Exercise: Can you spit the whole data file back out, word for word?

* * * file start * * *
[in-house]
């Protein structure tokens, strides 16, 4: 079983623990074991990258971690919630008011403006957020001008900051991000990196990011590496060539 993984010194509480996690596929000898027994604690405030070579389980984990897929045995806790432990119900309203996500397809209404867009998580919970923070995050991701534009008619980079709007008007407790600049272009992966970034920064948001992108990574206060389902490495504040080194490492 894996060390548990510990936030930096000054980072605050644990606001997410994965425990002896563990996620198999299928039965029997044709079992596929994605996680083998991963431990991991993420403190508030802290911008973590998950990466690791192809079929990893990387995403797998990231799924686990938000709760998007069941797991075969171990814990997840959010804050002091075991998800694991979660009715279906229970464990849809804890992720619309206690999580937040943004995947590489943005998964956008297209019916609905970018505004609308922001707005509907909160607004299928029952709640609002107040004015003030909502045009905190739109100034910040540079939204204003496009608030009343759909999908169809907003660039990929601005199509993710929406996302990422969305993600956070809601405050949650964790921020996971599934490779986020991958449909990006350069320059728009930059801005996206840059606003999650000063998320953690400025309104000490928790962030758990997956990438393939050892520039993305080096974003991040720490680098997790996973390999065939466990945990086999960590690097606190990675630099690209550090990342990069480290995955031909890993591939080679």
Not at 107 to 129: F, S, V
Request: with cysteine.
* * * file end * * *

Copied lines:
[in-house]
């Protein structure tokens, strides 16, 4: 079983623990074991990258971690919630008011403006957020001008900051991000990196990011590496060539 993984010194509480996690596929000898027994604690405030070579389980984990897929045995806790432990119900309203996500397809209404867009998580919970923070995050991701534009008619980079709007008007407790600049272009992966970034920064948001992108990574206060389902490495504040080194490492 894996060390548990510990936030930096000054980072605050644990606001997410994965425990002896563990996620198999299928039965029997044709079992596929994605996680083998991963431990991991993420403190508030802290911008973590998950990466690791192809079929990893990387995403797998990231799924686990938000709760998007069941797991075969171990814990997840959010804050002091075991998800694991979660009715279906229970464990849809804890992720619309206690999580937040943004995947590489943005998964956008297209019916609905970018505004609308922001707005509907909160607004299928029952709640609002107040004015003030909502045009905190739109100034910040540079939204204003496009608030009343759909999908169809907003660039990929601005199509993710929406996302990422969305993600956070809601405050949650964790921020996971599934490779986020991958449909990006350069320059728009930059801005996206840059606003999650000063998320953690400025309104000490928790962030758990997956990438393939050892520039993305080096974003991040720490680098997790996973390999065939466990945990086999960590690097606190990675630099690209550090990342990069480290995955031909890993591939080679």
Not at 107 to 129: F, S, V
Request: with cysteine.